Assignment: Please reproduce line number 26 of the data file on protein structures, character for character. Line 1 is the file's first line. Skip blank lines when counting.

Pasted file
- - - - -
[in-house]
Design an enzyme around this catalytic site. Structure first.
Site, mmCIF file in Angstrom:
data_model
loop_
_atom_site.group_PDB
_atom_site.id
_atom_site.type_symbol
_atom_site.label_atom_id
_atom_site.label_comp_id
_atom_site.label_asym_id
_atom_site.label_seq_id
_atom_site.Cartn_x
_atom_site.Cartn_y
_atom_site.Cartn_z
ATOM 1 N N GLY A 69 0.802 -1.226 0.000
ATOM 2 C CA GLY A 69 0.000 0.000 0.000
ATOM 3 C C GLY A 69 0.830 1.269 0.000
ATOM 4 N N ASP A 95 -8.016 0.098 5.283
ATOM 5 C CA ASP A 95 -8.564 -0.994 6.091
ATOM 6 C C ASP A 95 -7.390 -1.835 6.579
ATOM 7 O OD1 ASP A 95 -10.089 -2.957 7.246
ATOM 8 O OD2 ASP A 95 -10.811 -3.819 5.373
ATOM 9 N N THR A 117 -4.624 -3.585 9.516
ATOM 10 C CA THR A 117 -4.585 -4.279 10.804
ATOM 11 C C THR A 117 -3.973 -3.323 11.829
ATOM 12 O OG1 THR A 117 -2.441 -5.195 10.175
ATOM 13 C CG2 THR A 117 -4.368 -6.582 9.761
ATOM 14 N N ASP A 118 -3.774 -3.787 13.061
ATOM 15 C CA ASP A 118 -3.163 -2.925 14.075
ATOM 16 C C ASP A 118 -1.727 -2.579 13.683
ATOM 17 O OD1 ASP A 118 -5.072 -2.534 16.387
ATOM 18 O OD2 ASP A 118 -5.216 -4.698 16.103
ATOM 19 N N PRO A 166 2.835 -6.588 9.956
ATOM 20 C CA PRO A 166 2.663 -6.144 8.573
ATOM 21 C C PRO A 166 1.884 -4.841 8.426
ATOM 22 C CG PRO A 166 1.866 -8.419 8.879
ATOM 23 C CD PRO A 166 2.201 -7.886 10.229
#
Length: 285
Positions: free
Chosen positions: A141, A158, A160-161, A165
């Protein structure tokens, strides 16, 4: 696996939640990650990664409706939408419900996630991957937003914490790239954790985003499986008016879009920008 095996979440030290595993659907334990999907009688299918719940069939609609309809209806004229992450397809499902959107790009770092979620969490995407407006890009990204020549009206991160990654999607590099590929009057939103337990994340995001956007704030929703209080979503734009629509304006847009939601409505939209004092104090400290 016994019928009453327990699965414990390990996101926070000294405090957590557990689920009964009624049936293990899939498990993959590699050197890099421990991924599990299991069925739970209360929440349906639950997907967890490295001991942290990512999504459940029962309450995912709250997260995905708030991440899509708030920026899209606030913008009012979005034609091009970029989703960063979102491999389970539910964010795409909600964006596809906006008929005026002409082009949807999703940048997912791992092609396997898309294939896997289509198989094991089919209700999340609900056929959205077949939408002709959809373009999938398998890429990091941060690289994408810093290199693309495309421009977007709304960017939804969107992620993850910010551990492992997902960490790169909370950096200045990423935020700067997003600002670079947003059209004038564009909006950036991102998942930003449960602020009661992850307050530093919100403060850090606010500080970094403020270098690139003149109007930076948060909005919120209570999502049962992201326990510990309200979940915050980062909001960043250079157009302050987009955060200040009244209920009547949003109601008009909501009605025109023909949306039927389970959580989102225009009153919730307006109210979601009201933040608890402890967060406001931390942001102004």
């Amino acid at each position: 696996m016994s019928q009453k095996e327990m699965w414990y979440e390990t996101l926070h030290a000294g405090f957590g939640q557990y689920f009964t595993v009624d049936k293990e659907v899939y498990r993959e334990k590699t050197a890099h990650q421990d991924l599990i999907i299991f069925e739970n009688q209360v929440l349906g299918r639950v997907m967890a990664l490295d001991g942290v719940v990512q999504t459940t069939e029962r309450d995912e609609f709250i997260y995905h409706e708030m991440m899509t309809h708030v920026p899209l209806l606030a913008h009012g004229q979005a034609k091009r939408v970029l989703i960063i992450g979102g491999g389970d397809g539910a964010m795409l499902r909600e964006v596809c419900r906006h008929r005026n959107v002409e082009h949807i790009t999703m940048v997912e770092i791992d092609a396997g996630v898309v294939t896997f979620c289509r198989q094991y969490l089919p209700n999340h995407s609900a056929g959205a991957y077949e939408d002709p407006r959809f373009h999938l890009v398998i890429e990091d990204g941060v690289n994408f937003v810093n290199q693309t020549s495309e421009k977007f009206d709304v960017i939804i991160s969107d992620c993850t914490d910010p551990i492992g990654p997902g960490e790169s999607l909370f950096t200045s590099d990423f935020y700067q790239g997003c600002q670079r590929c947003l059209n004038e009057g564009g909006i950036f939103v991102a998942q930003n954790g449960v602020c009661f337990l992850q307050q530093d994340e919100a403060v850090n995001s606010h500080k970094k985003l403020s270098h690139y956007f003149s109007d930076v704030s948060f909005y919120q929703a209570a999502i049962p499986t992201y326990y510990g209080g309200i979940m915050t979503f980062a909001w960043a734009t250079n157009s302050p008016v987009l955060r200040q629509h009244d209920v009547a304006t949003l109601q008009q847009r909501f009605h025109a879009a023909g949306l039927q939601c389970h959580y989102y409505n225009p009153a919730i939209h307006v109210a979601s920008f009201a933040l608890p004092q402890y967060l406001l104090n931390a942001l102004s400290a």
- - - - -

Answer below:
ATOM 11 C C THR A 117 -3.973 -3.323 11.829